Clojure, Programming

London Clojure unconference July 2014 report

For the first session I was interested in trying to continue the discussion about the Clojure “sweet spot” we had had on the mailing list. But there was only a smattering of interest so we rolled it up with the discussion on how to convince people in investment banks to use Clojure.

I think Jon Pither’s approach to this is still the best which is to find a business problem and then say that you’re going to address the problem and use Clojure to solve the real problem. A pure technical argument is not really going to get buy-in from outside the developers.

A lot of organisations want to have an approved list of technologies and for institutions that have chronic and acute technical problems like banks then perhaps that is appropriate given the need for external regulation. Where these things exist I usually think it is a case of going through the bureaucratic hoops.

The approval system is not there to be opinionated but to provide oversight. Where individuals have “weaponised” the approval process to advance their view of “right” technology you need to tackle the root problem not just sneak things in as jars.

My personal view is that financial institutions have profound technology problems but that they have no incentive to address them while they continue to make a lot of money. Really their problems should be providing opportunities for new approaches but as the existing institutions have created massive barriers to entry it doesn’t happen and we’re all really just waiting for the next financial crisis to happen, maybe then…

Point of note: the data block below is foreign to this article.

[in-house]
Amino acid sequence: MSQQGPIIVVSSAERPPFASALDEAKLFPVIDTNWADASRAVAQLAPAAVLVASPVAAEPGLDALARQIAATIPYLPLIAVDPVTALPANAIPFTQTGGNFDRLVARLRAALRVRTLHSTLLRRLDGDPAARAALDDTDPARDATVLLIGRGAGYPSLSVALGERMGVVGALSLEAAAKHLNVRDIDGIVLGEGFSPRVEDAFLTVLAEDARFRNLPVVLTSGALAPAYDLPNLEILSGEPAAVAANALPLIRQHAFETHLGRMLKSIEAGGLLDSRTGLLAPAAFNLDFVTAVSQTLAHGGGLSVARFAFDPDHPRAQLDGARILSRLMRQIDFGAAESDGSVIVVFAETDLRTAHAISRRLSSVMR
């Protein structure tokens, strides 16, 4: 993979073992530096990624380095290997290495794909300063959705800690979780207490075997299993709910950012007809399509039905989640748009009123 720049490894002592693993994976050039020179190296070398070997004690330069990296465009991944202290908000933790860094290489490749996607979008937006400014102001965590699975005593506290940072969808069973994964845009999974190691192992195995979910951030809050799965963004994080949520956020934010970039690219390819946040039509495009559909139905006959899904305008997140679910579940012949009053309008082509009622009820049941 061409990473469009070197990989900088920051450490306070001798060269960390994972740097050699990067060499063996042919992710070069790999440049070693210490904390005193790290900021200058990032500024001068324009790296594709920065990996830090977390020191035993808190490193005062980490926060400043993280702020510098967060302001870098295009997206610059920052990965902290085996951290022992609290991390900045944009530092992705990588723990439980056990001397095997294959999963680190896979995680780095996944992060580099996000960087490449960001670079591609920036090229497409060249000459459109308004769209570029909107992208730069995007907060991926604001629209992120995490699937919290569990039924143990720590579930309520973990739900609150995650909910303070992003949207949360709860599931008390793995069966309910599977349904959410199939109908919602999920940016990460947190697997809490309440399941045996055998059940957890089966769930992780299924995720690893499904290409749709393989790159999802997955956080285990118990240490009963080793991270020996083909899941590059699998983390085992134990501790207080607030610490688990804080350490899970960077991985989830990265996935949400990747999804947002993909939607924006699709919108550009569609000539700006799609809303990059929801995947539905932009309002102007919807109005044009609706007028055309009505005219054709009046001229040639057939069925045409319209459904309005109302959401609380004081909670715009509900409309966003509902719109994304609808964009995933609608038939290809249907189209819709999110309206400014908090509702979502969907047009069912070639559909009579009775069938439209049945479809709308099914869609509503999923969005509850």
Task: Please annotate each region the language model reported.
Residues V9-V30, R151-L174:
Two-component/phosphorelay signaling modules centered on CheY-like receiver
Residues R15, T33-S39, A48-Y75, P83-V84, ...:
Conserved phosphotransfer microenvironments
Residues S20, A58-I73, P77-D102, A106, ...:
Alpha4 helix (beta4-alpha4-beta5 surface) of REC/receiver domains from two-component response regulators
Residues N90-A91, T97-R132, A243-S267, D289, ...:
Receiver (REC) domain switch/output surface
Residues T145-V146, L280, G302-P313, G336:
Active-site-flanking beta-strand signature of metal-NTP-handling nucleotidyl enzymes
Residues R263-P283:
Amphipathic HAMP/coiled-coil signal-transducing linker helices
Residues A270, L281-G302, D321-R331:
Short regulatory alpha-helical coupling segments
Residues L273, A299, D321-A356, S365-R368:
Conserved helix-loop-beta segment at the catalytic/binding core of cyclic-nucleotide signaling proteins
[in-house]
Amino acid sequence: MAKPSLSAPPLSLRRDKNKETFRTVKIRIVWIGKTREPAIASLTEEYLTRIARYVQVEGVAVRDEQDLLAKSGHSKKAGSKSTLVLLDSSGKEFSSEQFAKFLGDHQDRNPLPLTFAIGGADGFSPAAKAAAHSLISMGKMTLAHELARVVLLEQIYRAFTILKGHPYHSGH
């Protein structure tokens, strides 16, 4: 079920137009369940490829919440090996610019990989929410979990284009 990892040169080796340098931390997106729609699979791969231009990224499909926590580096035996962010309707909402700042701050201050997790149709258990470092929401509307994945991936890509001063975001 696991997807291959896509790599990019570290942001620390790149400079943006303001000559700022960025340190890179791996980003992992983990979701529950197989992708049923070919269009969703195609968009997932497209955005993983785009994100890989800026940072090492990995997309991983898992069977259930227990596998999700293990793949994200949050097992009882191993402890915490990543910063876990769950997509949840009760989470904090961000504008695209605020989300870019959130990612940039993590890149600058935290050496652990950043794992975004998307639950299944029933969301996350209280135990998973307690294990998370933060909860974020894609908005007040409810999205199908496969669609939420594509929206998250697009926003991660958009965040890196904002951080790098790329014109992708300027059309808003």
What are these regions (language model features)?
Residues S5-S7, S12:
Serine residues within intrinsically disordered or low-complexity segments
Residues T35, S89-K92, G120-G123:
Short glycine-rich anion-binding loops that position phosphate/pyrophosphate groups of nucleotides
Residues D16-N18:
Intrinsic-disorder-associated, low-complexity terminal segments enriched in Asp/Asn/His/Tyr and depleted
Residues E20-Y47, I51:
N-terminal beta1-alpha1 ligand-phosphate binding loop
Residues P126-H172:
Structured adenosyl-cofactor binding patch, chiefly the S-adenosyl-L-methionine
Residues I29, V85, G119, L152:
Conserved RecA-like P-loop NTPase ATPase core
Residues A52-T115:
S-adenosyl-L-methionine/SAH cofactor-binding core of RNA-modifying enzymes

However in the session there was a lot of discussion about whether it is appropriate for managers to determine technology choices: on the one side you want to devolve decisions to the people close to the problem, on the other programmers commonly change jobs in a shorter period that the lifespan of the software they create.

One thing I took away was that before conservative organisations adopt Clojure they will need to see widespread adoption in the companies they see as good leading indicators and the presence of a large hiring population. In these respects Scala is literally years ahead.

Our final conclusion as a group was simply that the easiest way to approve the use of Clojure was to get into management and leadership first and then do it.

For the second session I went to the discussion on React and Om. I’m looking at React currently and there were a lot of questions about what Om layers on top of the basic JS library. Anna Pawlicka provided a number of the Om answers and others chipped in with bits of React and reactive JS knowledge. I was reminded to go and look at the current state of Om and also the new tutorials. There was also some interesting talk of how to define React components, Anna used Sablono but is there still a need for JSX?

The final session of the evening was on Riemann, which in addition to be a basic introduction to what it does was a helpful reminder of the functionality that Riemann has but that I haven’t used personally. Jason Neylon mentioned that every new service they set up has a Riemann instance attached so you can just dump all events somewhere and then build dashboards dynamically as you go along (a lot better than our approach with Graphite).

Tom Crayford introduced me to the effect of clock skew on Riemann (events from the “future” relative to the Riemann server clock are dropped) and then pointed out that clock skew can actually be monitored via Riemann! Also some interesting stuff about pumping logs into Riemann and some personal experience of crazy volumes of events being successfully handled.

Just before the end of the event I dropped in to the Gorilla REPL session to see Jony Hudson demoing his amazing notebook repl that he has been using to share assignments and research with students and colleagues in his department. A really interesting application and I suspect once we get our heads round it a really interesting way of sharing problems and potential solutions as developers.

Mind slightly blown, I was personally really happy with the event and felt that I’d got a mix of advice and the kind of innovation that make the Clojure community so interesting.


Getting started with Riemann stream processing